# Functor Type Signature

One of the important concepts to understand about functional programming is *functor*. Unless one comes from a school of Haskell, looking at the *functor*‘s type signature for the first time is confusing at best. OK, maybe not for you, but for me:

fmap :: Functor f => (a -> b) -> f a -> f b |

Sometime, the *functor*‘s type signature is also written as

class Functor f where |

Sometime, the ** f a** and

**above are written with no space between them, as following:**

*f b*class Functor f where |

OK, let’s make sense of all of the above.

First, what is a type signature? A type signature is a *typeclass* definition. That does not help at all. What is a *typeclass*? A typeclass in functional programming paradign is equivalent to an interface in OO paradigm. A typeclass consists of a list of functions. In the case of *functor*, its typeclass only lists one function *fmap* in its definition. Therefore, anything that imnplements the *fmap* function is a *functor*.

Second, what is ** f a** and

**, or**

*f b***and**

*fa***? So**

*fb***is a**

*f***‘context’**, and

**(or**

*f a***, note: I will drop writing**

*fa***with no space between them from here on) represents the value a in this context. That’s fine if you’re not doing functional JavaScript programming. If you do, then the term**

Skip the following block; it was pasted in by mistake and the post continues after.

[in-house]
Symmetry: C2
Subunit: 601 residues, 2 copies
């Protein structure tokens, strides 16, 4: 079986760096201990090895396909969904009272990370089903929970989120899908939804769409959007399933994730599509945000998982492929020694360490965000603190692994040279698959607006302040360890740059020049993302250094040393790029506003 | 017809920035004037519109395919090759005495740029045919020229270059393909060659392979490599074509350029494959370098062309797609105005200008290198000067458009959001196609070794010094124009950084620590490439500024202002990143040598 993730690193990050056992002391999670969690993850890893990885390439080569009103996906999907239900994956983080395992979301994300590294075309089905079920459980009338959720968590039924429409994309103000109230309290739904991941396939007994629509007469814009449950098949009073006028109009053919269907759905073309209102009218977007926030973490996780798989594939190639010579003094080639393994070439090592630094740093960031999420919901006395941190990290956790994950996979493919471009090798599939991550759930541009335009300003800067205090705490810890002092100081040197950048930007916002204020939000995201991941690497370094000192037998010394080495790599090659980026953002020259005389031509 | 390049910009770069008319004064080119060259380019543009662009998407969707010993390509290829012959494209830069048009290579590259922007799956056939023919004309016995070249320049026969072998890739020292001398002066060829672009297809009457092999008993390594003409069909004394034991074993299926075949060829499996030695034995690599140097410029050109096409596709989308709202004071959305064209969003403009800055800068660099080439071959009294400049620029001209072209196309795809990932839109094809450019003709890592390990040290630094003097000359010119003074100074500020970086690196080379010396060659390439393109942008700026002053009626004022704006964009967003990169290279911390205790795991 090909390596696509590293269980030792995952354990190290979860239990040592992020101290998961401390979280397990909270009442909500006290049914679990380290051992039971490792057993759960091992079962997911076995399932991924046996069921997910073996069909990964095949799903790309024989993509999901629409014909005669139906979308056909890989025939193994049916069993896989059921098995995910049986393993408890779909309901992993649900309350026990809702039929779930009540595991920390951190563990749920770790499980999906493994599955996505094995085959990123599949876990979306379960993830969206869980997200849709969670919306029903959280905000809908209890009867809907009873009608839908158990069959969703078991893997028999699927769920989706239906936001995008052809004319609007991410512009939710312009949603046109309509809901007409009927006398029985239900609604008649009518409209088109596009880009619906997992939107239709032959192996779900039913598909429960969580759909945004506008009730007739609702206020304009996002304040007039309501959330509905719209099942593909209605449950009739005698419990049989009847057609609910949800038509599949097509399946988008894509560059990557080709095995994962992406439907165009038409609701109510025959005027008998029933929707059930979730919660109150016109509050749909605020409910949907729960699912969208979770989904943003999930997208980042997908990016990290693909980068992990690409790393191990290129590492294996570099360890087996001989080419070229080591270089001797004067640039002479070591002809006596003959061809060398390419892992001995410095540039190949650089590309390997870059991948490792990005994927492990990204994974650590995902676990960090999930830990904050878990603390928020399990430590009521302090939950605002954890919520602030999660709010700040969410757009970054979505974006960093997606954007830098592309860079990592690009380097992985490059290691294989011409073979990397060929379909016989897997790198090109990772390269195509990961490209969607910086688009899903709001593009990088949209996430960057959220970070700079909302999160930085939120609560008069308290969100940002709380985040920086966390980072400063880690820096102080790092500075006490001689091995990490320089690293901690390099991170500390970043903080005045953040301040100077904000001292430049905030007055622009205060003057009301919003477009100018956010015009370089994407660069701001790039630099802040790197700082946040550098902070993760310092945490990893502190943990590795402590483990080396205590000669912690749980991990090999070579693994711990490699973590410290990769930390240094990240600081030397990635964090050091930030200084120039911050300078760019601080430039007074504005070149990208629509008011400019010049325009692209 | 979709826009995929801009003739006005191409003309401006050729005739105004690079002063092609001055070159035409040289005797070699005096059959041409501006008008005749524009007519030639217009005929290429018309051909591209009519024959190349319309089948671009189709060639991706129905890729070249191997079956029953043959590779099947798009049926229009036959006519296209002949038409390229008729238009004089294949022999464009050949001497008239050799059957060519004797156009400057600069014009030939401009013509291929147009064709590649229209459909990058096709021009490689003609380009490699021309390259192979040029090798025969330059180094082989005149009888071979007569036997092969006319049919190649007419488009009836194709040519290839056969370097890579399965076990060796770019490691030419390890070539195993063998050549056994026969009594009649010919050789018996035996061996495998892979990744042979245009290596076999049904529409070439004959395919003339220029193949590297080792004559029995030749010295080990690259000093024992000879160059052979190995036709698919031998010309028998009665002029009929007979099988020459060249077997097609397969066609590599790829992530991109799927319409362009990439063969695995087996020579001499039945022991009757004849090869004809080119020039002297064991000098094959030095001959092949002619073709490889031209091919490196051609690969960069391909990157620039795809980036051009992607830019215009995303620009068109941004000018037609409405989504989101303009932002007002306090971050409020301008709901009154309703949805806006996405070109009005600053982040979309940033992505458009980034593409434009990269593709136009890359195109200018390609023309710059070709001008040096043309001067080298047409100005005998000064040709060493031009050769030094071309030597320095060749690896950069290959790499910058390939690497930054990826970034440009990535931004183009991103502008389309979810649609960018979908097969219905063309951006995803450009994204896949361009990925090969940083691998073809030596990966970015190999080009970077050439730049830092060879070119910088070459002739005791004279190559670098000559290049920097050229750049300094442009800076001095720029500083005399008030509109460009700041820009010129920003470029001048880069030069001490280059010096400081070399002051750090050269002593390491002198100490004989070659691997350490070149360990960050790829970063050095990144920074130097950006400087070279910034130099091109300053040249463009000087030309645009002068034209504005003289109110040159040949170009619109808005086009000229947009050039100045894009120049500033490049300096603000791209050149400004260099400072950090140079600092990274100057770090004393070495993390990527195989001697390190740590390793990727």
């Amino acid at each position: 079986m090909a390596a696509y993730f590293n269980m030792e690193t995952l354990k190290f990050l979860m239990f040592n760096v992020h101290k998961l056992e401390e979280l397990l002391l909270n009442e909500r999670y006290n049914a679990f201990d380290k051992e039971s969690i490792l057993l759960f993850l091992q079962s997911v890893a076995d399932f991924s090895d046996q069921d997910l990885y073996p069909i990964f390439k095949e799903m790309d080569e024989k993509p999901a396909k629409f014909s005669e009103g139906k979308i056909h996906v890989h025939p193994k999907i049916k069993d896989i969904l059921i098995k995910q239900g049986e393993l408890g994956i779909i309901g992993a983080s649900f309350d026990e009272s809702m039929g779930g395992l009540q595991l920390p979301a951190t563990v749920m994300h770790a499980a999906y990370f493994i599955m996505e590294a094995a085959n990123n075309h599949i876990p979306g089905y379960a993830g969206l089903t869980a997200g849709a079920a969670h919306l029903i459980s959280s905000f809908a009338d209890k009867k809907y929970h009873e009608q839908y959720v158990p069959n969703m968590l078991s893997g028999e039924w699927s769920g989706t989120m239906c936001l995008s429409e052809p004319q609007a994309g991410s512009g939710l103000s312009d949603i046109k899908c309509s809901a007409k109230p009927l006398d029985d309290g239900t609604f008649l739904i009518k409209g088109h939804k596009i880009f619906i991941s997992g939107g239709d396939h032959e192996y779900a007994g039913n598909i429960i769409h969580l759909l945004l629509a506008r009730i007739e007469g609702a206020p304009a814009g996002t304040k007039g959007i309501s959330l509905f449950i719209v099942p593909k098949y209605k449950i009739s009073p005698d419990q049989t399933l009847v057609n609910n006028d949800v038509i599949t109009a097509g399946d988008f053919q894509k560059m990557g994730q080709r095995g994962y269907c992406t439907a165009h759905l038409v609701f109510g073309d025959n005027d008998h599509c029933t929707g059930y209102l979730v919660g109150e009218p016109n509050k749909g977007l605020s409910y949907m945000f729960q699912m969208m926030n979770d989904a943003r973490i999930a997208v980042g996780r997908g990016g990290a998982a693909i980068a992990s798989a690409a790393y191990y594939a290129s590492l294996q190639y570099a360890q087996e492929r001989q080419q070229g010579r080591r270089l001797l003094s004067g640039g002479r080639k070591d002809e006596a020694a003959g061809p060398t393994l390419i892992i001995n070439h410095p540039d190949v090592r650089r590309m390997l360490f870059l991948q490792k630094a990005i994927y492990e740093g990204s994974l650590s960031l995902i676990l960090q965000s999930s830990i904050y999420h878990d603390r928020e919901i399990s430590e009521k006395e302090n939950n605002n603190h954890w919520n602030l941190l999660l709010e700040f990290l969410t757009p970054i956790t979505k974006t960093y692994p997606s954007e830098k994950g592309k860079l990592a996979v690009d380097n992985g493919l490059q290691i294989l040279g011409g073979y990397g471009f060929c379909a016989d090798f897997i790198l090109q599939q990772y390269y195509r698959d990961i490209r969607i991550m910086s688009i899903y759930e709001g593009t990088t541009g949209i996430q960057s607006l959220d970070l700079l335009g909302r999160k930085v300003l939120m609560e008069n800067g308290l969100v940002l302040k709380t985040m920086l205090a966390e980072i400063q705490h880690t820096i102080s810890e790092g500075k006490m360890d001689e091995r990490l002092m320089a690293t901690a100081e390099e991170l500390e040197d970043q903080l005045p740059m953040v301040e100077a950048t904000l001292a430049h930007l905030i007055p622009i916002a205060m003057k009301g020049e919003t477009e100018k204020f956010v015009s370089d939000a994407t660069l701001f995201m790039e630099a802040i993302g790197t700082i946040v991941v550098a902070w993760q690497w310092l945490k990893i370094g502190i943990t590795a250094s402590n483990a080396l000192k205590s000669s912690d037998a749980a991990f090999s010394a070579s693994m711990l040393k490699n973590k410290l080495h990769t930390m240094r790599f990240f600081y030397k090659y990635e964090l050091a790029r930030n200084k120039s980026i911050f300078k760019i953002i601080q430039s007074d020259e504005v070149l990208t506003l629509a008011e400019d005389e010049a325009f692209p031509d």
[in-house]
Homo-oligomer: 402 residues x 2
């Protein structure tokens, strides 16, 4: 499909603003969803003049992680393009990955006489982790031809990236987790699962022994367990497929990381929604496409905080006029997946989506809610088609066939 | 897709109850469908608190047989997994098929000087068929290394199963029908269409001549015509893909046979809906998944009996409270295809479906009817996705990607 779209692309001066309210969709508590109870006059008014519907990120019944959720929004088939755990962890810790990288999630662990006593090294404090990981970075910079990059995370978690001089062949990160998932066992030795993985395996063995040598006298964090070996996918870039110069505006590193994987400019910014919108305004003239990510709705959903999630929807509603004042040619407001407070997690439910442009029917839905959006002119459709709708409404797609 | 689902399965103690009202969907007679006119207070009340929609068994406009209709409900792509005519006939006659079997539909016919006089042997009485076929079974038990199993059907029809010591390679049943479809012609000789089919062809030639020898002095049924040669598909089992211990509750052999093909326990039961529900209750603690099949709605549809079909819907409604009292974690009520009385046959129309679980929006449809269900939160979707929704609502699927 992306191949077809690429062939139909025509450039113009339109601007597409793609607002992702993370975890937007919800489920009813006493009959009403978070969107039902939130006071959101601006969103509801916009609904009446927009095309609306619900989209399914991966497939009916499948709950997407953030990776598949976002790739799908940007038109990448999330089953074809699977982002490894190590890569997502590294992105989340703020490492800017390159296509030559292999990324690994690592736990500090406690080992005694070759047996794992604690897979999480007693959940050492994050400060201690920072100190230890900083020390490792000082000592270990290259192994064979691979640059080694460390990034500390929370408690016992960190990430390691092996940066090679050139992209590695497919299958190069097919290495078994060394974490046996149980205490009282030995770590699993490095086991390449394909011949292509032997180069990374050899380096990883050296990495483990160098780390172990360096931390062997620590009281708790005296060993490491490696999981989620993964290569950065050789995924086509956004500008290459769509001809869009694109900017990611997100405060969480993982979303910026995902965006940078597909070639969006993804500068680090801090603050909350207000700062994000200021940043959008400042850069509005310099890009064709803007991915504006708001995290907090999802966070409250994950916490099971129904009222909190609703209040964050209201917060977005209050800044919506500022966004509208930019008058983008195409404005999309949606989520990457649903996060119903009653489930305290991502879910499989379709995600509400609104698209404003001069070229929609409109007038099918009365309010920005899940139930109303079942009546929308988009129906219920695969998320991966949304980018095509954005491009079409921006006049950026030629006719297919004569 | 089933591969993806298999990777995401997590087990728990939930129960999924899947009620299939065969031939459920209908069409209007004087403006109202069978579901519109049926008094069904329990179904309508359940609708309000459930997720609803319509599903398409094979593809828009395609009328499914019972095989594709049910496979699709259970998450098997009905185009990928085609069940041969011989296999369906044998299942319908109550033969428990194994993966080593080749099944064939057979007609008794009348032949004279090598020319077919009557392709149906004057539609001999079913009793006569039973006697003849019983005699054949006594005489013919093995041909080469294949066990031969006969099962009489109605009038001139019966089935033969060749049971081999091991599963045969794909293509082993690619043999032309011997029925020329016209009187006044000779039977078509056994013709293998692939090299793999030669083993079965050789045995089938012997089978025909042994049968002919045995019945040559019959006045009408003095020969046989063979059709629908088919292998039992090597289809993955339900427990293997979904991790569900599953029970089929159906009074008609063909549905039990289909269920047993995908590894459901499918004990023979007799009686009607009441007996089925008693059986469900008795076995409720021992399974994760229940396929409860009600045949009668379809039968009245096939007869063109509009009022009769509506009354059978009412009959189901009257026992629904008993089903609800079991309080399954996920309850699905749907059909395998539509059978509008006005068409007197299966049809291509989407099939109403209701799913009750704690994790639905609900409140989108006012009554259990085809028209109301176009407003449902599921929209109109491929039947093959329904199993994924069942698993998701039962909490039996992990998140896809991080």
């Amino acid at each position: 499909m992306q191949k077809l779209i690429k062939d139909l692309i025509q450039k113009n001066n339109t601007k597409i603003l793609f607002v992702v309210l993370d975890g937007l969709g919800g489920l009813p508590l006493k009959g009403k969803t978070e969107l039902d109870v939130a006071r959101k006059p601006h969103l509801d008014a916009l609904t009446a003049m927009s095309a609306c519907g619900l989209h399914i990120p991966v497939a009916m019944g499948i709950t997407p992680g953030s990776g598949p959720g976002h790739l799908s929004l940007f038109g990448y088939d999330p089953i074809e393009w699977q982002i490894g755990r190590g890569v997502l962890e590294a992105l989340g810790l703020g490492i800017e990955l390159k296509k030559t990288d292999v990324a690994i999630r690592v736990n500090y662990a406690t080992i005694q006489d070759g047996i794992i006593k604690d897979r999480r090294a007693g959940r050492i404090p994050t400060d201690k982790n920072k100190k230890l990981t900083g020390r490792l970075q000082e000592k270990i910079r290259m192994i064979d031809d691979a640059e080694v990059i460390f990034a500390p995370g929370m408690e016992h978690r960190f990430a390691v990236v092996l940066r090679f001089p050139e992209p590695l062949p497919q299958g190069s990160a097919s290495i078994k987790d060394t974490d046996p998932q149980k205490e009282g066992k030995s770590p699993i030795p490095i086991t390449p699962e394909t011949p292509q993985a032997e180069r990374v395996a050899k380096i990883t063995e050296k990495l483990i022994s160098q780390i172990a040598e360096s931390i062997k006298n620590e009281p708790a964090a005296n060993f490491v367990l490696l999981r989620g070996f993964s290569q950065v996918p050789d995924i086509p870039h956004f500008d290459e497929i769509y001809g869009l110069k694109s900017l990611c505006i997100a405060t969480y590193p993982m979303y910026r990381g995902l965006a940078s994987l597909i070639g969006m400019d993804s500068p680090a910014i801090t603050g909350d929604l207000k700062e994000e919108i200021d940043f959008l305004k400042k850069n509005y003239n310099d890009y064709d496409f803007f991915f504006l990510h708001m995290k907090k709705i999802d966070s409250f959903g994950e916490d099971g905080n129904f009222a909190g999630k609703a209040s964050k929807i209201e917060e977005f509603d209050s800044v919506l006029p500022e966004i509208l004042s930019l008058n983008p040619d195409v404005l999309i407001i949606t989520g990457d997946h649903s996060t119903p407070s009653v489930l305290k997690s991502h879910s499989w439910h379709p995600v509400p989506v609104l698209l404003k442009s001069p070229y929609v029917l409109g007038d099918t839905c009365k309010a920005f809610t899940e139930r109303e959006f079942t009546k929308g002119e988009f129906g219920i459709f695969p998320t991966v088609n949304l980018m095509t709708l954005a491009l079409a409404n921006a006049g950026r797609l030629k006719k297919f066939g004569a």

*fa***‘context’**can also becoming very confusing very quickly because in JavaScript the term

**‘context’**also has another meaning. So when you see

**f a**, think of it as a ‘box’ that contains the value

**a**. You can also substitute ‘wrapper’ or ‘container’ for ‘box’. You can still call it a ‘context of a’ as long as you don’t mix up with the context in JavaScript.

Finally, here’s the meaning of the *functor*‘s type signature.

*fmap* says: give me a function that takes an *a* and returns a *b*, and a box that contains *a*, and I’ll return a box that contains b.

Alternatively, *fmap* says: give me a function that takes an *a* and returns a *b*, and an ** f of a**, and I’ll return an

**.**

*f of b*Now that we understand how to read type signature, let’s take a look at the type signature of another function, say *add* in Ramda. Its type signature is

add :: Number -> Number -> Number |

If you’re reading with me right now, Ramda docs clearly says:

Number a |

WT…? Actually, it makes sense. Once the function *add* is curried, it becomes a series of *unary* functions. *Unary* functions are functions that take only 1 input.

So *add* actually says: Give me a number, I’ll return a function that waits for a number, and when you supply another number, I’ll return a number (which is the sum of 2 supplied numbers)

So if now we want to write a function called *add10* by supplying 10 as the first argument to *add* as follow

var add10 = add(10) |

We can document our *add10* function as

add10 :: Number -> Number |

Hope that makes sense.